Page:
Sorry you’ve run into this bad health news. The good aspect of diabetes is that it can respond well to many different tactics. These tactics include carb-limited ways of eating and well-timed regular exercise.
One of the areas of informational conflict is around saturated fat. For many years saturated fat was demonized as the root cause of heart disease. There is starting to emerge another way of looking at this issue.
When you have the time, I encourage you to check out this Dr. Jason Fung YouTube video that takes a comprehensive look at the role of fats, including saturated fats, and how they have impacted our health over the last 50 years or so. Dr. Fung does not believe that saturated fats are bad for your health. The really bad actors have been shown to be the trans-fats like margarine. This newly released summary is like a science lecture and well worth an hour of your time.
Meals that I favor that gently impact my need for insulin and give great post-meal glucose numbers include meat, eggs, cheese, berries, nuts, fish, and low carb veggies like cauliflower, peppers and avocados. I avoid bread, rice, noodles, potatoes, pasta and all processed foods. I definitely do not drink carbs like fizzy drinks and fruit juice. If a food includes an ingredient list of more than a few things, I am suspicious about it.
My one meal suggestion to you is anything with eggs. I like to pair my eggs with bacon or sausage, cheese, avocado, and sauteed tomatoes, and onions. Two hard-boiled eggs will keep me energized for hours and my appetite suppressed.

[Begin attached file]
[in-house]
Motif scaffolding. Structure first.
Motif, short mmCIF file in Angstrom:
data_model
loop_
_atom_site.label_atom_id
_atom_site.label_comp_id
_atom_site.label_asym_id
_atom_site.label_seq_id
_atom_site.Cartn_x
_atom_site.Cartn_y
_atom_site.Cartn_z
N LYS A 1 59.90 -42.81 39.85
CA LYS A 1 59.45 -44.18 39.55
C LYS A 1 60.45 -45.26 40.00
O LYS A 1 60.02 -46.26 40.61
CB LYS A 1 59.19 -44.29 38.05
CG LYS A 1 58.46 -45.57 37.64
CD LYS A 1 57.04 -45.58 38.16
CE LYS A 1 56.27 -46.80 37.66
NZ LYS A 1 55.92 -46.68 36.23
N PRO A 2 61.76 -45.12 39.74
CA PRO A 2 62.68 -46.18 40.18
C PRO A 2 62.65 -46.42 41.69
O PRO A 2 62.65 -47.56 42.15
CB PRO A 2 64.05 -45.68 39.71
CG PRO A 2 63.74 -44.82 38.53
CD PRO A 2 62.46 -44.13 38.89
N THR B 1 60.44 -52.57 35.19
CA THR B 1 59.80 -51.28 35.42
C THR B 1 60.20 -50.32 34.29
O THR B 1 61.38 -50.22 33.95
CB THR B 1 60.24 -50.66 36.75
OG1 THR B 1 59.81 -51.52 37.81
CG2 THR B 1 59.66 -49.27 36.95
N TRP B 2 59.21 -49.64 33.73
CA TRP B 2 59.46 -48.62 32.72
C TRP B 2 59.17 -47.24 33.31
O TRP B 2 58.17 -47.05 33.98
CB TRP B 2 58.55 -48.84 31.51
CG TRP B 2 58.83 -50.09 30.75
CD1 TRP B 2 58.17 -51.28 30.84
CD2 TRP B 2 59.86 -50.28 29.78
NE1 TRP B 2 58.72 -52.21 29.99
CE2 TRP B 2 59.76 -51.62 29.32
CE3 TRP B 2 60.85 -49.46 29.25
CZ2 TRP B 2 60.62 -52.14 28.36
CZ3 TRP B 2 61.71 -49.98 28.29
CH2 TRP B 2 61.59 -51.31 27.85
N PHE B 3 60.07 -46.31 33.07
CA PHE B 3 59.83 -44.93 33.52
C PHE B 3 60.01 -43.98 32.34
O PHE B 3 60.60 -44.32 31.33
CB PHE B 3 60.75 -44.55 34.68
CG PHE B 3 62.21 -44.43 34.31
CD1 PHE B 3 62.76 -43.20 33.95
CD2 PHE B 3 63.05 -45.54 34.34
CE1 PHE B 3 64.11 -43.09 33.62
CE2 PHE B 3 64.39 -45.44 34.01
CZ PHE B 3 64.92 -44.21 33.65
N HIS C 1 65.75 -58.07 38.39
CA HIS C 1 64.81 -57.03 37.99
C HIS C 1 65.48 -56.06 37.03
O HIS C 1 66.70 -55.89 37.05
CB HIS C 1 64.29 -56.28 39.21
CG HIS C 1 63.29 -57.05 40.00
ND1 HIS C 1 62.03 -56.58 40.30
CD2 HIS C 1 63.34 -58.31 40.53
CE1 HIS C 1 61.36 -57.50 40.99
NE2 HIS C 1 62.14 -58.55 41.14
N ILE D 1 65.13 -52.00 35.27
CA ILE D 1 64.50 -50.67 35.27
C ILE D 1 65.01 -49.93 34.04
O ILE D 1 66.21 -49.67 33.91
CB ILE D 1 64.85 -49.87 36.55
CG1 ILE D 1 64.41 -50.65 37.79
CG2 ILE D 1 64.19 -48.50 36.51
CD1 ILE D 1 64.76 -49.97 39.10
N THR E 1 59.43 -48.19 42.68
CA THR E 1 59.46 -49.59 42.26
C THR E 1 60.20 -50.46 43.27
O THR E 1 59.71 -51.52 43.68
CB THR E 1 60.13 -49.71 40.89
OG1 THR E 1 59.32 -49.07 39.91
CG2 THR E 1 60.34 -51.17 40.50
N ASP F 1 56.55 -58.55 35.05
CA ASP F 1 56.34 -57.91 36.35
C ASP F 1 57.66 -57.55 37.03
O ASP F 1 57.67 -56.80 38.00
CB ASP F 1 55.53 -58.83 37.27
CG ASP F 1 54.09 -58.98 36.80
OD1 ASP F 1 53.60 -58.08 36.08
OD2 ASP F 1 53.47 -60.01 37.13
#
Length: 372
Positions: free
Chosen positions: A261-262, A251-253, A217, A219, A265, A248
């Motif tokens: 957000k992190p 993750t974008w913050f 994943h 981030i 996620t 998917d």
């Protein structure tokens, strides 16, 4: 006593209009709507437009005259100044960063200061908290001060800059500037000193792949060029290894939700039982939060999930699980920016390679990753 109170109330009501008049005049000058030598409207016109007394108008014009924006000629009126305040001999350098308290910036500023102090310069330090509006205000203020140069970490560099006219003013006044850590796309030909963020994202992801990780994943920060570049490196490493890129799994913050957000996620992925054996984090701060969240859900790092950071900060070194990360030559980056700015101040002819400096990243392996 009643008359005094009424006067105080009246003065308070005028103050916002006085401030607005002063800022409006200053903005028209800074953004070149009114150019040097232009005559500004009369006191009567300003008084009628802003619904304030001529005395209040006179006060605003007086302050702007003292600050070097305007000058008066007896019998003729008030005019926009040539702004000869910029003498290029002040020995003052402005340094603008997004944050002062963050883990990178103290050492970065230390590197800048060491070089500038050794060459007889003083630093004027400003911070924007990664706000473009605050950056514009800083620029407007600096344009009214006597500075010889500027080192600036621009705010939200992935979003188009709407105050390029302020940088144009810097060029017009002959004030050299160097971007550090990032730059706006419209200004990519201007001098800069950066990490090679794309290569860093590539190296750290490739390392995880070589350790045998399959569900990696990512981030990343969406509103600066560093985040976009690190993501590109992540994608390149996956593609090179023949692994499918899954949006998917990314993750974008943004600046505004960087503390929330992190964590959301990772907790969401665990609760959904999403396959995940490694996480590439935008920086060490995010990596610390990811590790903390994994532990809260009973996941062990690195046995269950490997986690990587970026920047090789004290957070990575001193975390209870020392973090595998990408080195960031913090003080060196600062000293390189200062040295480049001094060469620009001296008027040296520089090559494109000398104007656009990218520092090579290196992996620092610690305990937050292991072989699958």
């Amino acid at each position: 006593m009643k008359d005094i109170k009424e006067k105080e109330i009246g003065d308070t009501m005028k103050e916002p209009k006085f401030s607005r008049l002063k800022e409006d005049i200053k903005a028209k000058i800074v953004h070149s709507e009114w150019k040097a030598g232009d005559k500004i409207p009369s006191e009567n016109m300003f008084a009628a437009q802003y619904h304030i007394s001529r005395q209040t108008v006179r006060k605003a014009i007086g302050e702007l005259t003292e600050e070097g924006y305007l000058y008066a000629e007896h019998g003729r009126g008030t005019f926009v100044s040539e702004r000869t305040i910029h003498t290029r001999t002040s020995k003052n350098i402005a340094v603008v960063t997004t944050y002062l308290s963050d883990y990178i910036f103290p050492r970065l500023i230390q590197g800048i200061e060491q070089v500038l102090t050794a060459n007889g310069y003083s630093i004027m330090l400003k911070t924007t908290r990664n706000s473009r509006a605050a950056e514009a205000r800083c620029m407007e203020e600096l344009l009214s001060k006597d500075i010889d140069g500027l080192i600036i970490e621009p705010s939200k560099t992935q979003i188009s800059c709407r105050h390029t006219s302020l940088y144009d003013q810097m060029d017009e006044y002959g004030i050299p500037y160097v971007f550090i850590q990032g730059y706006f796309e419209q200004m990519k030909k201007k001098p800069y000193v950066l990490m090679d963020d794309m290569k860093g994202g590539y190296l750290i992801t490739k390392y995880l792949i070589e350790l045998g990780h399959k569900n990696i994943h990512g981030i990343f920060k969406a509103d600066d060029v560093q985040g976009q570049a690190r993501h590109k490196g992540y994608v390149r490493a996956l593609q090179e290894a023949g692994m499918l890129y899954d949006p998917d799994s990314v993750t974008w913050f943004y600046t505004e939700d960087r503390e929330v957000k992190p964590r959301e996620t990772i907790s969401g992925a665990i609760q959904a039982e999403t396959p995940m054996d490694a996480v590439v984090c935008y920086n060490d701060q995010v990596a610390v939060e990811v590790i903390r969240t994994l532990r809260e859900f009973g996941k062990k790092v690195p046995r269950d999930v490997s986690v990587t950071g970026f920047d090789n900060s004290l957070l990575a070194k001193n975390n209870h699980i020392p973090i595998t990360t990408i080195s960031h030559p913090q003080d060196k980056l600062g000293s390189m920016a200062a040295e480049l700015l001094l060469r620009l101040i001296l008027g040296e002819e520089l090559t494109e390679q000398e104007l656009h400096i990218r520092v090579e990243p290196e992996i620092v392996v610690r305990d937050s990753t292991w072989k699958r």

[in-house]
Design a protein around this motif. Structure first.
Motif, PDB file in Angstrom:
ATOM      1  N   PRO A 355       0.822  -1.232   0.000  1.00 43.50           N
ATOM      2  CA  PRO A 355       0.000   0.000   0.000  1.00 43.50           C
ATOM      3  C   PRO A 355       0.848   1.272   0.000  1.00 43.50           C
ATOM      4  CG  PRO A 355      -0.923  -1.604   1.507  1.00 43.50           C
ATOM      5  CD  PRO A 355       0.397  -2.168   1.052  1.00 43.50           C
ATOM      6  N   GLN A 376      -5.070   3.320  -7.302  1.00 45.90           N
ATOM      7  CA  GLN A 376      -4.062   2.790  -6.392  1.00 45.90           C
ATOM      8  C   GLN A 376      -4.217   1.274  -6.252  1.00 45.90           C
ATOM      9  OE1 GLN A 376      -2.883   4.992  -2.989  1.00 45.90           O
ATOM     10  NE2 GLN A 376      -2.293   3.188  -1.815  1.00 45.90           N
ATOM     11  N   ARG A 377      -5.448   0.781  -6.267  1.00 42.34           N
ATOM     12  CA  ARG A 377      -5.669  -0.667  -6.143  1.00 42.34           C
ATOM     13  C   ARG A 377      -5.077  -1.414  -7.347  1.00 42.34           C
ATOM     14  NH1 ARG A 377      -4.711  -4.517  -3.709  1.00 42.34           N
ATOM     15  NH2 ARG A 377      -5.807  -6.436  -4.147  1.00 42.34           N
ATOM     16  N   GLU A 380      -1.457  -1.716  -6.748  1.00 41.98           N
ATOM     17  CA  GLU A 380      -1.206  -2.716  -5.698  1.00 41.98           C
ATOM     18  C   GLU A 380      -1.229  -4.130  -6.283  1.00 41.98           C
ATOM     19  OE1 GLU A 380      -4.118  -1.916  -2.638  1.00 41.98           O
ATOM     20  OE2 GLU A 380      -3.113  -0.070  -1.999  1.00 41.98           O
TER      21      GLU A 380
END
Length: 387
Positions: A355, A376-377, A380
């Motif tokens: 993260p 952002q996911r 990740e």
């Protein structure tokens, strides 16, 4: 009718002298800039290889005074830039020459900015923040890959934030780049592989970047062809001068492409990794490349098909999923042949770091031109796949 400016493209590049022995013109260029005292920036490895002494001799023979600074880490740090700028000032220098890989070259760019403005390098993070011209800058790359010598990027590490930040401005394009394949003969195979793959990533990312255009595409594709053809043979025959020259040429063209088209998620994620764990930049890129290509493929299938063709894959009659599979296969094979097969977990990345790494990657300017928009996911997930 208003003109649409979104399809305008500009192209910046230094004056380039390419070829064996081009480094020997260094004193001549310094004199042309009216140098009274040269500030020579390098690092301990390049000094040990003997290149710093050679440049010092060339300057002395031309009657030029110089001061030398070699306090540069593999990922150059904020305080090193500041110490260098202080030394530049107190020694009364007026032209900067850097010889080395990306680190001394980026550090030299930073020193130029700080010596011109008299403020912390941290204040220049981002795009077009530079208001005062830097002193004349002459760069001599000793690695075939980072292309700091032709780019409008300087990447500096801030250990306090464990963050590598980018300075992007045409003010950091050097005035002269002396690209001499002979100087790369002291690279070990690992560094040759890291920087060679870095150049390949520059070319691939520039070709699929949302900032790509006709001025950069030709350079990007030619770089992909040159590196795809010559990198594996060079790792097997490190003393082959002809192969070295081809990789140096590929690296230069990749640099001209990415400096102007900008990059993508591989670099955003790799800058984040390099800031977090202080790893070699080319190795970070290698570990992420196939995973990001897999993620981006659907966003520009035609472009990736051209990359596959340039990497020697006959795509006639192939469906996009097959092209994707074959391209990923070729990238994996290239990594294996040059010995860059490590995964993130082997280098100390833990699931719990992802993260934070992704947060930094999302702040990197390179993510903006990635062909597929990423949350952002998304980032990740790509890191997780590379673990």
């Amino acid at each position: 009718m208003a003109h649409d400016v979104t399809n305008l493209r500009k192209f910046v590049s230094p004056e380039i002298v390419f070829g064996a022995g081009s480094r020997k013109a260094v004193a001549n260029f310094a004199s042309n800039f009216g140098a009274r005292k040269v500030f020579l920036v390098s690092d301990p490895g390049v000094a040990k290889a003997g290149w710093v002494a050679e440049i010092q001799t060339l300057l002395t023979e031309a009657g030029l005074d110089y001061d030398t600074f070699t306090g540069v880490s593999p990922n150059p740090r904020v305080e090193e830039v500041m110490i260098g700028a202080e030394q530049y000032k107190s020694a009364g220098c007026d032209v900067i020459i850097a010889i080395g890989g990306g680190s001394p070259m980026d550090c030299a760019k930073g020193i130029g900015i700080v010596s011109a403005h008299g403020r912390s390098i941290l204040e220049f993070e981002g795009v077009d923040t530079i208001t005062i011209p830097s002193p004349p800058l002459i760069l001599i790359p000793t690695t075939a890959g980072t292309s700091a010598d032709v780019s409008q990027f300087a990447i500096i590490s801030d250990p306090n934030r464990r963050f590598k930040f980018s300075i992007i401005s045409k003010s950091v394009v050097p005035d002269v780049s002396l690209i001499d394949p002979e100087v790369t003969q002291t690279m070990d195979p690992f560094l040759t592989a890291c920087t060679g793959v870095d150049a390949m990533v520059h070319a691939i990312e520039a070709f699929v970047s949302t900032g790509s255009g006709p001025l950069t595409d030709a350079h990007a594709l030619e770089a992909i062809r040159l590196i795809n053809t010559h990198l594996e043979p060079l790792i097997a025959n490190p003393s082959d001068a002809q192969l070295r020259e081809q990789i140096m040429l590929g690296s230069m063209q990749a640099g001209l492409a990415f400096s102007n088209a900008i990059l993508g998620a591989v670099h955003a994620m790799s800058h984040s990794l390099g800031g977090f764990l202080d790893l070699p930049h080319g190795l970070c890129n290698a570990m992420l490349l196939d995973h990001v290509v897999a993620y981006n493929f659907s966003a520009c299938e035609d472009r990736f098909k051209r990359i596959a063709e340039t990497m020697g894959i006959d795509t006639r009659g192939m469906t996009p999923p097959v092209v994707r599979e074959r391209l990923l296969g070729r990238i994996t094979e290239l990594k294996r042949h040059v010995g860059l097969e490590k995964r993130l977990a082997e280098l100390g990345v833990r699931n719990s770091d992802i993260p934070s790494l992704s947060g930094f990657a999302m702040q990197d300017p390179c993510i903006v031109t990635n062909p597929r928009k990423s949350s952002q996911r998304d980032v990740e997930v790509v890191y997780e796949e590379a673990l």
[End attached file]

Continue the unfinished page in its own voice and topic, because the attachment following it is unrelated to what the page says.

I tend to shop on the outside aisles of the grocery store as the interior aisles are dominated by processed carbohydrates sweetened with high fructose corn syrup and other sweeteners called by a dozen different names.
While my way of eating and food choices are not shared by everyone, you will do yourself a favor with some personal experimentation to discover what works best for you. Some people refer to this tactic as “eat to your meter.” That means checking your blood sugar before a meal and maybe an hour or two after a meal to see how your metabolism deals with that meal. Make a record and you will quickly find out what will work for you. If your meter doesn’t like a food then it’s best to drop it completely or severely restrict its frequency and amounts. If your meter reports good post-meal numbers, then eat it more frequently.
No need to let fear cloud your mind. Fear is great for acute events like quickly stepping out of the way of a car as you cross the street. That fear keeps you alive. Fear held for a longer time, however, will corrode your well-being and compromise your ability to make good choices going forward.
You’ve had lots of good support here; I wish you the best!